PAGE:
Top tips for keeping your dog svelte in Winter!
Keeping your dog svelte in Winter!
Crumpets. That staple of a rainy, winter Sunday afternoon if you’re anything like me. I wouldn’t dare to presume you indulge too though I sincerely hope that you do. My friend came over for a dog walk last Sunday, it was raining for a change (when will it stop?) so I thought tea and crumpets would provide good energy before we strode forth, a kind of crumpet duvet against the elements.
Of course, Nikita was sitting by my feet at the ready lest any warm buttery crumb should somehow escape and tumble to the floor. She likes to stare at you intently, her eyes darting back and forth from eyes to crumpet and back. So, I gave her a couple of small pieces and realised this is what happens in winter in our house, and maybe yours too, higher calorie tidbits given to the dog and less exercise because frankly the sofa looks far more alluring when it’s only light for seven hours a day.
It made me wonder how many extra calories I’m feeding her because let’s face it our dogs are always far more important than we are.
So, I ran the numbers and the results are a bit of a shocker.
Two crumpets with butter and jam comes out at 500 calories (cue self-loathing). I gave Nikita two small pieces and that adds up to 25% of her daily intake. That’s 500g of fat Nikita will pack on over your average winter, a 5% increase in bodyweight.
That’s not even taking the sugar and salt content into account.
So, we’re taking a crumpet hiatus.
You get the point.
To keep the weight off you have two choices; you can either resist those big brown eyes entirely and/or opt for a far healthier treat. The key is to make the extras count towards your dog’s daily ration. So, if your dog needs 300g of food per day and you’re feeding 25g in treats then only feed 275g of food.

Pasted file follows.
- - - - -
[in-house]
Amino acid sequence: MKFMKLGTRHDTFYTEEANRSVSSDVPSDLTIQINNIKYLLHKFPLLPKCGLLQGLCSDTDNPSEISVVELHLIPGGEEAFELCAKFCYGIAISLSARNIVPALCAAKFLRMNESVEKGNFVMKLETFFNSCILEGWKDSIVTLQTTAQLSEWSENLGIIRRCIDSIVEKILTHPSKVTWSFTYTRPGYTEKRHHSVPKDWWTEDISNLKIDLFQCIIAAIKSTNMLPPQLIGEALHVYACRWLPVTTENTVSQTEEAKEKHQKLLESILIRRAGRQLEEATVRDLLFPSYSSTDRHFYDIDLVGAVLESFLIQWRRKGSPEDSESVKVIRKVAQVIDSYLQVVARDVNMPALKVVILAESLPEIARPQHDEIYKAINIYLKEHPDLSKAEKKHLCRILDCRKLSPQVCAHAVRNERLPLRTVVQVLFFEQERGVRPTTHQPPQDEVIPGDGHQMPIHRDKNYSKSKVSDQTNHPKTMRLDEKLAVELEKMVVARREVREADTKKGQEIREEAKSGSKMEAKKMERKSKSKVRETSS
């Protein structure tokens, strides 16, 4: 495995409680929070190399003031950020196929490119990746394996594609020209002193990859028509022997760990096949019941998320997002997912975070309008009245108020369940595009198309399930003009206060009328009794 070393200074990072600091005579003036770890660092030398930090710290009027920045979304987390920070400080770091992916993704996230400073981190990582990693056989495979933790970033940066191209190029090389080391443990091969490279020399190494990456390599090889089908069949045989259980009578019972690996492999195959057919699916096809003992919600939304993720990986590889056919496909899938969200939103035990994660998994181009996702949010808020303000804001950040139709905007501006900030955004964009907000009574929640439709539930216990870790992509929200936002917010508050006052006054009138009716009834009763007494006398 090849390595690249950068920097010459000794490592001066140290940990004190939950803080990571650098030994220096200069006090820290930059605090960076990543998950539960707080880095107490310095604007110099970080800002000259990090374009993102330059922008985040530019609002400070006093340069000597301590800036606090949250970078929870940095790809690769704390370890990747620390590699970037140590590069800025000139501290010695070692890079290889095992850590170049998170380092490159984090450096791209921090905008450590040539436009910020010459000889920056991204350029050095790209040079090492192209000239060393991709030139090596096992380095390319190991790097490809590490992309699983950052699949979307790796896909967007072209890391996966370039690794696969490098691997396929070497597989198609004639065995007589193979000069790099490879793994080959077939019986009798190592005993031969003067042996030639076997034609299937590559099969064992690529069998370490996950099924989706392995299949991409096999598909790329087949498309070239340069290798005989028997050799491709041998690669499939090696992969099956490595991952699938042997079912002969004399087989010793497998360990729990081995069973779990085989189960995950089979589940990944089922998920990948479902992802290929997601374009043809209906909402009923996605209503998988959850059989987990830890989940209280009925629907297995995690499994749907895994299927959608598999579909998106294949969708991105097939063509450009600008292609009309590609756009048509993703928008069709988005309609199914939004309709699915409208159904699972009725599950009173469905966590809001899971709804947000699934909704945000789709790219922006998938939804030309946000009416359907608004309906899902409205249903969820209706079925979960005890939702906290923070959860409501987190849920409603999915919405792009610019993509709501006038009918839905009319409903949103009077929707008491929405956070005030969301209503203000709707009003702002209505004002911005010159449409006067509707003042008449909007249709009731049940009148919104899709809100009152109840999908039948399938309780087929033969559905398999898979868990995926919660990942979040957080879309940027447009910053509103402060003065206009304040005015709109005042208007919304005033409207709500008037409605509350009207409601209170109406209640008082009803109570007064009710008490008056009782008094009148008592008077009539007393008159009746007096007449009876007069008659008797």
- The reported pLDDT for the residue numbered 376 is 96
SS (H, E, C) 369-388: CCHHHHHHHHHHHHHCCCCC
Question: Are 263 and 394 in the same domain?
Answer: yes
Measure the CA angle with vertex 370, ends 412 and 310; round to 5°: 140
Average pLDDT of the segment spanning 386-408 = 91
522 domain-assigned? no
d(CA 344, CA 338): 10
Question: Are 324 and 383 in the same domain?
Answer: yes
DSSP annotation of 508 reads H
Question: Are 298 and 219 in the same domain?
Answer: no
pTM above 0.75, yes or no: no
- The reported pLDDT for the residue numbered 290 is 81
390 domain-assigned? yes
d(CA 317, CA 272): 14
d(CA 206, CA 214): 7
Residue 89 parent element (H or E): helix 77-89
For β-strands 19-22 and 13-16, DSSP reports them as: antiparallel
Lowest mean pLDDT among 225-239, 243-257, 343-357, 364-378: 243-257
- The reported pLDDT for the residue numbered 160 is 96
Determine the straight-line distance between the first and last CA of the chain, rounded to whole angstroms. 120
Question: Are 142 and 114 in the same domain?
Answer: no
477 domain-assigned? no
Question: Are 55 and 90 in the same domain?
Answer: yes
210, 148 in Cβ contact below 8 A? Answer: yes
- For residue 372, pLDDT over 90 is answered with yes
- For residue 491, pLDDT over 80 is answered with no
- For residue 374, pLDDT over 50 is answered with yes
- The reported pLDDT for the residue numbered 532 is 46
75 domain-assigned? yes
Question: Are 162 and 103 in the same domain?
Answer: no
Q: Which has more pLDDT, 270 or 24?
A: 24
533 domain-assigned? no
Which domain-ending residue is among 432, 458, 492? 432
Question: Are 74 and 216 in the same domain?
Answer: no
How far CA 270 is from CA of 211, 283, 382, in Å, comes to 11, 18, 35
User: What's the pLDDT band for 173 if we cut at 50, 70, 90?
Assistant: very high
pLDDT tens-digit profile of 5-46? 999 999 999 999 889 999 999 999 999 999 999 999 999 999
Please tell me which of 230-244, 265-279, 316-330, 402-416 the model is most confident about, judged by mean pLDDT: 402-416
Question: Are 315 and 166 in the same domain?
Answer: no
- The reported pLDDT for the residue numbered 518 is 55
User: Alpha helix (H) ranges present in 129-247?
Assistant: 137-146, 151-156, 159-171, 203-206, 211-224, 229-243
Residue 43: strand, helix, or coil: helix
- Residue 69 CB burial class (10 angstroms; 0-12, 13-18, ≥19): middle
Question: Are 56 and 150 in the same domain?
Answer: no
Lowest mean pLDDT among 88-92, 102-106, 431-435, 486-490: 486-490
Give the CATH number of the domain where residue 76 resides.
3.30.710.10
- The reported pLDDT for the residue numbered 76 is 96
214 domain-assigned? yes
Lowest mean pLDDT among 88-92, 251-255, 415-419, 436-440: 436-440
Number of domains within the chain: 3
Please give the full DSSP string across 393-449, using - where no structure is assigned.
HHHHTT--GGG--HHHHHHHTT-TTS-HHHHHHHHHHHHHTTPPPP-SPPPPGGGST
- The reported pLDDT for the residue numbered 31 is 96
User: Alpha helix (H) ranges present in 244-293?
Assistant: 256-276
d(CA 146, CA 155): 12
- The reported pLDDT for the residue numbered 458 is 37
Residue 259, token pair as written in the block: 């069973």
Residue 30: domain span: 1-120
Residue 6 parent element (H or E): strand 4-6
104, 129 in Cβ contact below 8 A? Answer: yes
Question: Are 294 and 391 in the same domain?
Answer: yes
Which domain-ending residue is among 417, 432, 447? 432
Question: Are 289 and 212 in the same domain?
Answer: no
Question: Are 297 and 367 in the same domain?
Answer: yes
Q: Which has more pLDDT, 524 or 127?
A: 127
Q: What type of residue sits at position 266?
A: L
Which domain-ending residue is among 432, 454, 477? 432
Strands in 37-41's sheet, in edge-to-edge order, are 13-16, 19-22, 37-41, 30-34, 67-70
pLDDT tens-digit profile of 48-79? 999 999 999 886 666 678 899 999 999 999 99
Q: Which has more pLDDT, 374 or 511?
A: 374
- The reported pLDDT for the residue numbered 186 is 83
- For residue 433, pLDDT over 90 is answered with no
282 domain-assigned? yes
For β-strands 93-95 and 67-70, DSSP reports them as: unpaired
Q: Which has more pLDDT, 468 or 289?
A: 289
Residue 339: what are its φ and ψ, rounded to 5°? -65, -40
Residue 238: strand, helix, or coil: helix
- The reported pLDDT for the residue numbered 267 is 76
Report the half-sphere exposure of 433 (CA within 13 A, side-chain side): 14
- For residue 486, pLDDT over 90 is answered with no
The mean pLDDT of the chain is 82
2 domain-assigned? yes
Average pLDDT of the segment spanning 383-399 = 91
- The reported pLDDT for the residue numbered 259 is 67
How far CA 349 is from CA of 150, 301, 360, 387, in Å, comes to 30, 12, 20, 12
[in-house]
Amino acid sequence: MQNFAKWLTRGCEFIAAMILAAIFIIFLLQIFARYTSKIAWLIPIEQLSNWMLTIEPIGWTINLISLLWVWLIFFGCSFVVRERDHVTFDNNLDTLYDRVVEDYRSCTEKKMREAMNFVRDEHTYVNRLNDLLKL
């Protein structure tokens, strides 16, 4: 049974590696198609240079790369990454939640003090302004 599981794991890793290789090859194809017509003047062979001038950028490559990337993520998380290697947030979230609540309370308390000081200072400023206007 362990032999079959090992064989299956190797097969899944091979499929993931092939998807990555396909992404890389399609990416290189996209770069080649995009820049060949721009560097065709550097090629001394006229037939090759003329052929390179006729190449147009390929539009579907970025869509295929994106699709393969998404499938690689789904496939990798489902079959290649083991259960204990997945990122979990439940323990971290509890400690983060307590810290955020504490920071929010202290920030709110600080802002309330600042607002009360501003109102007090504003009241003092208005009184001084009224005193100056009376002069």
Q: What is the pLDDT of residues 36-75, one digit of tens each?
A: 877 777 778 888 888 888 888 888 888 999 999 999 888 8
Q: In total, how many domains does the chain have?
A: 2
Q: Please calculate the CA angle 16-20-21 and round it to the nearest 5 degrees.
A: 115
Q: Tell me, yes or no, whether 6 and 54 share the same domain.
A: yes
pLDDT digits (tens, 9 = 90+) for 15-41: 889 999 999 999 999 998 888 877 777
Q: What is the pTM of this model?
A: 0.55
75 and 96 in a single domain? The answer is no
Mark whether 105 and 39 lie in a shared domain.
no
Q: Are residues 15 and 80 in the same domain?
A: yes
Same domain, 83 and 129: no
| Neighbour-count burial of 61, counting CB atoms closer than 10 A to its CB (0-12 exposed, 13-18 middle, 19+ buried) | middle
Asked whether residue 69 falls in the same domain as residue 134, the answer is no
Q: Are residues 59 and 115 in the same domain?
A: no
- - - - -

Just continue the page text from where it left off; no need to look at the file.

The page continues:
We know that high carbohydrate treats; crumpets and processed dog biscuits, even in small quantities can make a big difference to overall weight, plus they’re higher in sugars which puts a greater burden on the pancreas. Any sugar the pancreas can’t deal with is shipped on to the liver which turns it into fat. Hence keeping carby treats to a minimum is a must.
High protein treats are fine for most dogs no matter what breed or age. And because protein keeps a dog going for longer and doesn’t mess with their blood sugar to the same extent, they’re a better treat all round. Luckily a pure meat or fish treat is a high value reward. Make it clear they’re only getting one or two and you’re free to enjoy your fat packing crumpets with your friends.
Dogs with pancreatitis need super low-fat treats, Natural Instinct duck necks, Lamb Lites, Liver Treats, Fish Fingers and Fish Skins should suit, ideally keeping the fat content as far down as the vet recommends or below 5%.
A higher protein diet in older dogs works too, it helps to maintain muscle mass which all of us lose as we get older. Even if they’re short of a tooth or two a spine or lamb neck will keep them licking it for hours. Nikita wasn’t blessed with the best of teeth but give her a chicken carcass and that’s the last you’ll see of her for a while.
High protein treats
You can go for anything Natural Instinct has in their freezers. They’re all 100% meat or fish which means you know exactly what you’re feeding, especially good for dogs on a special diet or intolerant to certain foods.
Depending on the size of your dog there’s something in there for everyone. Lamb paddywack, duck carcasses, little chicken hearts, lamb necks, whitebait and beef pipes (another good chewing treat).
You don’t need to feed something tiny per se, you can give them a larger Natural Instinct treat and just deduct it from their daily ration. By spreading their food out across the day, giving them something to chew or find, you’re free to come to terms with the fact that while your dog will be fat free come spring you’ll have lots of time to lament your crumpet eating choices.